Parliament: Countries should not take Singapore's consistency for granted, says Vivian Balakrishnan
Countries dealing with Singapore should not take the Republic’s consistency, and what some would say predictability, for granted, Foreign Affairs Minister Vivian Balakrishnan said.
“We will always take appropriate measures to safeguard our interests. And any country dealing with Singapore must not assume that it is cost-free to embark on any adventures or antics against us.
”There will be consequences,” he stressed.
Speaking in Parliament yesterday on current Singapore-Malaysia tensions over territorial waters and airspace issues, Dr Balakrishnan said it was the reason Singapore postponed a planned meeting between National Development Minister Lawrence Wong and Malaysian Minister for Economic Affairs Azmin Ali, as well as officials on both sides.
The Joint Ministerial Committee (JMC) for the development of Iskandar Malaysia was scheduled to meet yesterday.
Singapore postponed it after an intrusion by Johor’s Menteri Besar Osman Sapian, who had visited a Malaysian vessel in Singapore’s territory last Wednesday. The act went against the spirit of an agreement concluded by the foreign ministers of both countries just a day earlier.
Dr Balakrishnan told the House: ”I hope members appreciate this fine line that I am trying to follow – to be resolute but to be calm, to quietly but clearly protect our interests. And it doesn’t mean we do not have sharp elbows.”
He was replying to Mr Vikram Nair (Sembawang GRC) who, while commending the Government’s calm and sensible approach to the tensions, was concerned that Malaysia’s actions were not consistent.
”If one side is being sincere (but) the other side is not or is not able to follow through with actions, what can we do?” he asked.
Echoing a similar sentiment, Mr Alex Yam (Marsiling-Yew Tee GRC) noted that each time Malaysia commits a provocative act, Singapore is firm, saying ”don’t do it again”.
But will the time come when Singapore will make it clear that further provocation will be met with an equal reaction, he asked.
Dr Balakrishnan said: ”I want to clear up this confusion that they are the ones who have the licence to provoke and that we respond, but without an equal and opposite response.”
But he cautioned: ”Red lines are not something you draw lightly and not something which you should pronounce publicly without having carefully thought through all the consequences and without communicating those considerations clearly and unambiguously with the person you are negotiating with or the other side, and I hope members of this House and Singaporeans will understand that some of these are best conducted behind the scenes quietly, and that is why I do not believe in megaphone diplomacy.”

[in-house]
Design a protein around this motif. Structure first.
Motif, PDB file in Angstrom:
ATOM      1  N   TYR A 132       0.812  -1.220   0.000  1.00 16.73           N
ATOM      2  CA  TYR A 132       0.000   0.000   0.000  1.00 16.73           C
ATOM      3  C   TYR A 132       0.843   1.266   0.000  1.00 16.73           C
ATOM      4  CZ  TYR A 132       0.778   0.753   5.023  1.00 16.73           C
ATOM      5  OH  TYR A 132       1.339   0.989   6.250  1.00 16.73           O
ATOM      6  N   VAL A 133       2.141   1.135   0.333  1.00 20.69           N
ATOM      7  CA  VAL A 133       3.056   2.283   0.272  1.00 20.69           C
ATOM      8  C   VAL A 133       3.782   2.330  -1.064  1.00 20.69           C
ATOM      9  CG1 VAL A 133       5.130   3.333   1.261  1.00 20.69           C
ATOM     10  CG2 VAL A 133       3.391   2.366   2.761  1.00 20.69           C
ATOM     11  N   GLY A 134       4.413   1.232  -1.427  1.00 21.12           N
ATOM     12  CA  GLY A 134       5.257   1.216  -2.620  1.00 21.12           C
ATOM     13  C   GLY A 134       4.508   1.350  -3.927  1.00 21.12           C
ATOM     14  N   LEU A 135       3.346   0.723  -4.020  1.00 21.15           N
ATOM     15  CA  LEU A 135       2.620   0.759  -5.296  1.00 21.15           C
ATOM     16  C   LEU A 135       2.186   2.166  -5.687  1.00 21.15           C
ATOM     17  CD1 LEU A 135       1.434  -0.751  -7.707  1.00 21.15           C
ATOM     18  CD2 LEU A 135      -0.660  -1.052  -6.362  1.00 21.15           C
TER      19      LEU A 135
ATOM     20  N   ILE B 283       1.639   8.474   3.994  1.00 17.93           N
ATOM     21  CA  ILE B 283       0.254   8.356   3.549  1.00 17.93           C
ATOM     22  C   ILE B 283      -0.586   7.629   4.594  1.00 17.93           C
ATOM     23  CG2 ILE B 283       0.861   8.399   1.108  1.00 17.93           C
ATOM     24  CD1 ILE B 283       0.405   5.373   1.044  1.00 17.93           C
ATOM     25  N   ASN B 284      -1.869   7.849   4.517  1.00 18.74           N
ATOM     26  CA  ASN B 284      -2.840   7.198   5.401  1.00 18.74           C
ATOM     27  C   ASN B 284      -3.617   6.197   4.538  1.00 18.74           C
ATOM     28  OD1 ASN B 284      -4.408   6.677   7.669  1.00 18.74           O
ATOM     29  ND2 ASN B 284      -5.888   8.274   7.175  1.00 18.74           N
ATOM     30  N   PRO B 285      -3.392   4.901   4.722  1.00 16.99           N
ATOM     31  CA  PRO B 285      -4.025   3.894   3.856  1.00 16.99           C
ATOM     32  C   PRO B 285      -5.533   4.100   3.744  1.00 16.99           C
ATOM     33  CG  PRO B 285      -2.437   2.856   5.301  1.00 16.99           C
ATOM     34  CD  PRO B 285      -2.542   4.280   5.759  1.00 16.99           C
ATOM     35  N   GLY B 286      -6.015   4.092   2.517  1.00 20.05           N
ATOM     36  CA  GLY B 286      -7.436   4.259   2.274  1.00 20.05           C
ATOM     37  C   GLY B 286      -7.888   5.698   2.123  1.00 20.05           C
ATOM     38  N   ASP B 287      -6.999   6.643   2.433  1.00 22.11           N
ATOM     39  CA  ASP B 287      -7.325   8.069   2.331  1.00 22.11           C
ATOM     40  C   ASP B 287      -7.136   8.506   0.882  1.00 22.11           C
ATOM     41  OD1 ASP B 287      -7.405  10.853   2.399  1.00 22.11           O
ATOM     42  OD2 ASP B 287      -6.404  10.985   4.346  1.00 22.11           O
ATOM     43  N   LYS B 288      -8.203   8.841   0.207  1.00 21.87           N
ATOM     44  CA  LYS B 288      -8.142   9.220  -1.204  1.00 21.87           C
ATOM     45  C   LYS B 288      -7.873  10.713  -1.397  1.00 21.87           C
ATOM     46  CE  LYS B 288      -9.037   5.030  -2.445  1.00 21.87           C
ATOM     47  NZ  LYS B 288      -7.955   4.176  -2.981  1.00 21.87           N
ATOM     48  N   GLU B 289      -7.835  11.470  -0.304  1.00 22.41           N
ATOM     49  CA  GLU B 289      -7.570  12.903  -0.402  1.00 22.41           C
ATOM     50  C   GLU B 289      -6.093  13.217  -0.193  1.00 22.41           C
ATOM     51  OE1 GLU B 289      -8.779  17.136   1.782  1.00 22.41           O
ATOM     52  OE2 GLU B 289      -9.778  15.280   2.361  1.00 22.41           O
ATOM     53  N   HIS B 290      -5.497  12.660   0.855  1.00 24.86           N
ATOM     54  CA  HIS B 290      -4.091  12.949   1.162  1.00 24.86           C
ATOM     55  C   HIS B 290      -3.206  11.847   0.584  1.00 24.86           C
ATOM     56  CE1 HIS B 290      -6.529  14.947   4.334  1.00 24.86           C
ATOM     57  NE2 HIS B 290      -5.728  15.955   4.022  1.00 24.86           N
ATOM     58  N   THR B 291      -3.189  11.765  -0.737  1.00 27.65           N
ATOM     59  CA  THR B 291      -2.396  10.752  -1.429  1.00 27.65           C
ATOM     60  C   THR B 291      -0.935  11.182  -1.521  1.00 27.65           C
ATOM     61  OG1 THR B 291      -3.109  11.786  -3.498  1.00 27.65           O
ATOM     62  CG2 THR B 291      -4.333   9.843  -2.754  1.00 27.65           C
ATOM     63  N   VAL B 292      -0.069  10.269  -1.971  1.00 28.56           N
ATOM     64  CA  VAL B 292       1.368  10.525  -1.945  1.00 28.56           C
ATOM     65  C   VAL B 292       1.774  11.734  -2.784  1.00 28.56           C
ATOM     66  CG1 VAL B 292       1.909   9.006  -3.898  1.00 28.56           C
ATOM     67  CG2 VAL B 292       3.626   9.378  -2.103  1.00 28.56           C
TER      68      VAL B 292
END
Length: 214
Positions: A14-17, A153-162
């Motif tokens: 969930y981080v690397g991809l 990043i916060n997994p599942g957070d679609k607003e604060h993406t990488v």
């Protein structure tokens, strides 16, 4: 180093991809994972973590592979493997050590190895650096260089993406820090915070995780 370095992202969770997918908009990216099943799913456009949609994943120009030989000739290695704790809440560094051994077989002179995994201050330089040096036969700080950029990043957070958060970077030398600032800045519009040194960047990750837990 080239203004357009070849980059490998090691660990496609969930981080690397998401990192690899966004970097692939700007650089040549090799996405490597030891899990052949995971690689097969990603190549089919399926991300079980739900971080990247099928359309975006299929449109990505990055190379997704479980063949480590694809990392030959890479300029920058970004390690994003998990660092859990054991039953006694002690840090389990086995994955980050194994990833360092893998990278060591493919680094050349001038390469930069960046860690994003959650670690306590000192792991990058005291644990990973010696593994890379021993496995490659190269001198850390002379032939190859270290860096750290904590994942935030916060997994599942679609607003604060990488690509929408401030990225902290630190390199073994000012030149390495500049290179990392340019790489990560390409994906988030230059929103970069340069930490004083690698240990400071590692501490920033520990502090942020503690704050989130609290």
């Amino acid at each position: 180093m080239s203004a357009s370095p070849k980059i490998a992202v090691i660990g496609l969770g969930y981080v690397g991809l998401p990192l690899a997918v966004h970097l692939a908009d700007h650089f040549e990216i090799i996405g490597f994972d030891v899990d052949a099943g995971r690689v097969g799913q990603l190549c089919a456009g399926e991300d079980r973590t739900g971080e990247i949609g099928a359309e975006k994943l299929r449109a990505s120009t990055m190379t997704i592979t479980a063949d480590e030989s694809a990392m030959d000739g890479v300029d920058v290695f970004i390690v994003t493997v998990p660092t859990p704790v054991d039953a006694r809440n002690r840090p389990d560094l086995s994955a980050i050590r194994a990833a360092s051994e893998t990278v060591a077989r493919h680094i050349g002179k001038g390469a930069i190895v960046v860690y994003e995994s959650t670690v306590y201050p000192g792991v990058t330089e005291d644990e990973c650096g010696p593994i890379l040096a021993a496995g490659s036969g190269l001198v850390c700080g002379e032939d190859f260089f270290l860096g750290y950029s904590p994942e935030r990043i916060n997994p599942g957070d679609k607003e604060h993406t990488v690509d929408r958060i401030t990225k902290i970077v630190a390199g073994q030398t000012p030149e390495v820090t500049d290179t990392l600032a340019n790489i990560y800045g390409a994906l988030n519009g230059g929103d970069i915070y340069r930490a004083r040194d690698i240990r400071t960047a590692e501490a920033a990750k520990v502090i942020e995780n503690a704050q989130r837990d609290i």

In the end, it is Singapore’s reputation for consistency and constancy that adds to the Republic’s reputation of reliability and integrity.
”So, that is the way we deal,” Dr Balakrishnan said.
”Sometimes it may come across as we are boringly consistent and we seem to studiously avoid chest thumping and other manifestations of nationalism. But I would submit that this is the appropriate posture for a small, tiny nation state like Singapore.”
It does not mean Singapore is passive or is giving in, he added.
Different factors are at play when such negotiations are conducted. For example, ”knowing we have a credible and strong SAF (Singapore Armed Forces) again makes diplomacy much easier”.
Ultimately, the objective is for the spirit of candidness, sincerity and openness to prevail for the issues to be resolved.
”I can see a way forward to resolve all of them,” he said. ”So long as there is a possibility, a probability of resolving it, our current tack of making sure the situation remains calm… is still the appropriate thing to do.”
On a positive note and in response to a question by Workers’ Party chief Pritam Singh (Aljunied GRC) on whether the Malaysian government is sincere in wanting to resolve the tensions, Dr Balakrishnan said he has found Foreign Minister Saifuddin Abdullah and Minister Azmin to be sincere, constructive and helpful.
In some instances, goodwill prevails, he said to Mr Liang Eng Hwa (Holland-Bukit Timah GRC), who asked if the Johor authorities appreciate Singapore’s efforts to supply additional treated water to the Malaysian state.
Singapore had supplied additional treated water between Jan 2 and 4 at Johor’s request after pollution disrupted its production.
Dr Balakrishnan said that under the 1962 Singapore-Malaysia water agreement, Singapore is obliged to sell to Malaysia only 5 million gallons a day. In practice, it supplies Johor 16 million gallons of treated water daily.
”Why do we do it? We do so out of goodwill,” Dr Balakrishnan said, and added: ”We hope this goodwill will be reciprocated.”
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